• Compliance certifications rely on vast facility records and data. Is there a “catalog” that identifies the origins, locations, bases, and record location for each of such information?  Can the compliance certification process be expanded to reflect such information?
  2. The Legacy Planning scope item will be reviewed with the project team at the conclusion of the project and added to as appropriate.

We will start by adding these to scopes as an optional task, with the intent that Legacy planning, or at least a discussion of it, occurs during every project.

Scope Step 3 – Routine Presentation and Road Map Check Ins

We hold annual planning discussions with many of our clients.  The Legacy Documents prepared during project work will now be a part of the planning discussion.  We will:

  • Present the Legacy Document observations to the environmental team.
  • Evaluate the Legacy information that has been prepared during the routine course of our project work.
  • Compare the Legacy information prepared to date to the original road map outlined during Scope Step 1.
  • Assess the need for Legacy planning beyond normal projects (i.e., specific training) over the course of the next year to address gaps in the original road map.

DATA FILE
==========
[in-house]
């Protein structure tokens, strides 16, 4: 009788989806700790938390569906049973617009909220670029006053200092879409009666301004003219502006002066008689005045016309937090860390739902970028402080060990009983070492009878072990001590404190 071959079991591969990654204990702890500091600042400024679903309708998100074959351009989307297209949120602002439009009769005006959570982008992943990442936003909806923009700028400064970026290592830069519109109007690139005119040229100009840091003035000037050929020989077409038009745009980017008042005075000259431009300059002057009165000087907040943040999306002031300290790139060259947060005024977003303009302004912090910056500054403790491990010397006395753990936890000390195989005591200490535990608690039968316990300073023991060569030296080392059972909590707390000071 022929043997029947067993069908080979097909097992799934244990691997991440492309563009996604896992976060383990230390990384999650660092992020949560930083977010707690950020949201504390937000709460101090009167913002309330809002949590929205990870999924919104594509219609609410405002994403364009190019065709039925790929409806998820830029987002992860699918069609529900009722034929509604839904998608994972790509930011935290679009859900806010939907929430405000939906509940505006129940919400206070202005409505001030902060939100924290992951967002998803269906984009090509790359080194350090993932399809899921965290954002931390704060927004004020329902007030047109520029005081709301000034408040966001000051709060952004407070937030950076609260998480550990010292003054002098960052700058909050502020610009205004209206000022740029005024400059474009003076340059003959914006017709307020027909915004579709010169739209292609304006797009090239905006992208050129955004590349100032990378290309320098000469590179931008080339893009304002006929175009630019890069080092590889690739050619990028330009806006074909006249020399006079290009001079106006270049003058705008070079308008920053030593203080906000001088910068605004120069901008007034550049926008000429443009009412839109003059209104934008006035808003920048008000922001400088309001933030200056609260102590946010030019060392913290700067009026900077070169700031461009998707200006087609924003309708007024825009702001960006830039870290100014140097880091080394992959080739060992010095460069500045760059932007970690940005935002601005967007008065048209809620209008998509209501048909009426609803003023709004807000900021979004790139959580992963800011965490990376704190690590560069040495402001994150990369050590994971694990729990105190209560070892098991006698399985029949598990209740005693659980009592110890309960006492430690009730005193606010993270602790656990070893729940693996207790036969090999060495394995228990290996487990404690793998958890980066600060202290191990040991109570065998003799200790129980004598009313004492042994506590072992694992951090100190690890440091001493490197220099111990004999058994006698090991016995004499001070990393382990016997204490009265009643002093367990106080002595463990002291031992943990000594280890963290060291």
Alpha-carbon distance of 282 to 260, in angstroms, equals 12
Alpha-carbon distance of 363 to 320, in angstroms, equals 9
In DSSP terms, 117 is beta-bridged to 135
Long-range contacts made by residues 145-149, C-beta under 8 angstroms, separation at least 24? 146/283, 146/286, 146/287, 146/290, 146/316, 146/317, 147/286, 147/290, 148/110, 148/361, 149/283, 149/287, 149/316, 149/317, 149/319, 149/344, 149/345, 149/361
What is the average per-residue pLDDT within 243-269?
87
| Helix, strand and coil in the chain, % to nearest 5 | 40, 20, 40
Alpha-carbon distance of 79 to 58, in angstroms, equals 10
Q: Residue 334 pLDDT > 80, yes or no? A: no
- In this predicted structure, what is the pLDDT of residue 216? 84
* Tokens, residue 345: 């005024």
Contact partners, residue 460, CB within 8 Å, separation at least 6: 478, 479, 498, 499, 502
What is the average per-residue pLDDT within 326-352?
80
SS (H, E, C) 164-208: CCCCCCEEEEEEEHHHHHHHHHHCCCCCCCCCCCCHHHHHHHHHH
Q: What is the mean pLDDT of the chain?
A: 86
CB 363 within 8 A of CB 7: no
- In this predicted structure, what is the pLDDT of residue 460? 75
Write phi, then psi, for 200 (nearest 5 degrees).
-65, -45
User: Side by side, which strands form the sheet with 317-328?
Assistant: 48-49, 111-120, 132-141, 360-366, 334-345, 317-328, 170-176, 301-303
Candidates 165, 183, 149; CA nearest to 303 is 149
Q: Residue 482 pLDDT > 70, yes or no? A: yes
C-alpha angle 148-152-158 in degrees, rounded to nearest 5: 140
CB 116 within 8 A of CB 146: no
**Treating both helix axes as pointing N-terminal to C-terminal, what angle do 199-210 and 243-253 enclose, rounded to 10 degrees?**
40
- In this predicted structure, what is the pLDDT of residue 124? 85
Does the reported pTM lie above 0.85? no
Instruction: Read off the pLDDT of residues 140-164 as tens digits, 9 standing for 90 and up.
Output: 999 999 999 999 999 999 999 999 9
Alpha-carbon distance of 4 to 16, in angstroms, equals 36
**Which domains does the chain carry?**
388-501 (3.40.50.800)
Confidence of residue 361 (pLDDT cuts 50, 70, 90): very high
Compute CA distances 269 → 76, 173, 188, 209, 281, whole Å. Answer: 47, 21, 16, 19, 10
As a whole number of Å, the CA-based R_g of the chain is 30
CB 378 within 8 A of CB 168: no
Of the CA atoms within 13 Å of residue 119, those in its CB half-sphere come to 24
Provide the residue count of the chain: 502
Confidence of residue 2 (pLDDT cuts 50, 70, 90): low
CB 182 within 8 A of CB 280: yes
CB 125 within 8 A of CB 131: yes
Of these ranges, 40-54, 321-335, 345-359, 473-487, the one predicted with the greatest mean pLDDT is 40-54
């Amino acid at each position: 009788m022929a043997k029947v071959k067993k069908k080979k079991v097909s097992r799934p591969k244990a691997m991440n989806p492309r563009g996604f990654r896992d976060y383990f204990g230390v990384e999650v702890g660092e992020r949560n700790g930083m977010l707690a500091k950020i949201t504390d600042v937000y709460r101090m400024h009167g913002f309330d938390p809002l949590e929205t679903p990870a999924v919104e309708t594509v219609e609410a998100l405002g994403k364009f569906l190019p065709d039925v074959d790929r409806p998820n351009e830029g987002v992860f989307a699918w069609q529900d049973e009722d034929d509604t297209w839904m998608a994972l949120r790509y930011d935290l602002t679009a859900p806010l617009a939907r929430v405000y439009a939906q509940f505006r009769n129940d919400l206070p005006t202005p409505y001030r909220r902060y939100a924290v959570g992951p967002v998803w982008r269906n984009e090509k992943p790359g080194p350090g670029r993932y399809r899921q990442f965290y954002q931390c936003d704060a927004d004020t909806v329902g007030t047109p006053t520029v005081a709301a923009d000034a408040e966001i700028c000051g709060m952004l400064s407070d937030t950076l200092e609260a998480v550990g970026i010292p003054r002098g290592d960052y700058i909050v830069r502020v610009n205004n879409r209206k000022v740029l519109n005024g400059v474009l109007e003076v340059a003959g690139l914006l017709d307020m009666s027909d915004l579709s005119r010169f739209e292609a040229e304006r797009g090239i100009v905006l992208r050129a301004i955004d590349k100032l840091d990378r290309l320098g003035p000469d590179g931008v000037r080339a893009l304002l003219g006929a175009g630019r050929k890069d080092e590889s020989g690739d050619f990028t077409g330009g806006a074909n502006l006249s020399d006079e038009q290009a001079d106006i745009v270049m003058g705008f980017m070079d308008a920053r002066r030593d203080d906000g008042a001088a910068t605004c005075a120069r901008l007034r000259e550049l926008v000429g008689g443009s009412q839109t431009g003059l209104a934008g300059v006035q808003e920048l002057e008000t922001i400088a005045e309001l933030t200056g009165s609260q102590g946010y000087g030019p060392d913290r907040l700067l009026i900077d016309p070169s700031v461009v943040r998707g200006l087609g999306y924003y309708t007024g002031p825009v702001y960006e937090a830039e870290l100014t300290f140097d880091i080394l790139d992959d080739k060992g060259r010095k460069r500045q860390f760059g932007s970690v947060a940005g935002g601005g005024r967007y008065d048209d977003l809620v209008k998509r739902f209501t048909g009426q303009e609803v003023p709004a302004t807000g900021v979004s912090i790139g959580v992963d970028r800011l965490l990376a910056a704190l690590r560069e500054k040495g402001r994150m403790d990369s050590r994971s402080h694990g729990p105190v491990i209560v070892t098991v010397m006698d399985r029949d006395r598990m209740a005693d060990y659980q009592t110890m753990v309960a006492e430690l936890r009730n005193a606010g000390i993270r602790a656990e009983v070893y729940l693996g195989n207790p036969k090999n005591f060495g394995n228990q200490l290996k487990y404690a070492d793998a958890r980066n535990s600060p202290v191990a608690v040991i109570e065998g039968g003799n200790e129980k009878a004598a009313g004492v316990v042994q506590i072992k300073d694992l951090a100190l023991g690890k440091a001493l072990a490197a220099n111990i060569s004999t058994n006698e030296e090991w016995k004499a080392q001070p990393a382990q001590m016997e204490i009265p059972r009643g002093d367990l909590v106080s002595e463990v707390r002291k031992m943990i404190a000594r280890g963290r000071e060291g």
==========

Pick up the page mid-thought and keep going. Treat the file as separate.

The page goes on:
Over a period of several years, the process will continue to fill in Legacy Knowledge gaps.  The goal is to fill these gaps efficiently since they are part of routine project work.  We will be able to evaluate the ongoing effectiveness of the Legacy Planning process and, with intentional effort, set the stage for the future efficiency and compliance knowledge of your environmental team.

What to Expect from ALL4

  1. 1. Your contacts at ALL4 to discuss this legacy planning process and what it could mean for your facility or company.
  2. 2. Legacy Planning discussions during the preparation of proposals.  ALL4 will work with your team during projects to extract and capture key findings as reference for future environmental team members.  At a minimum, we want to prompt a discussion and a thoughtful process around how best to take the learning from each project and carry it forward.

We are looking forward to starting a Legacy Planning process in 2019 and laying the foundation for knowledge for years to come!

For more information, please contact your ALL4 Project Manager or Colin McCall, Chief Technical Officer (678.293.9426 // cmccall@all4inc.com).


    Sign up to receive 4 THE RECORD articles here. You'll get timely articles on current environmental, health, and safety regulatory topics as well as updates on webinars and training events.
    First Name: *
    Last Name: *
    Location: *
    Email: *

    Skip to content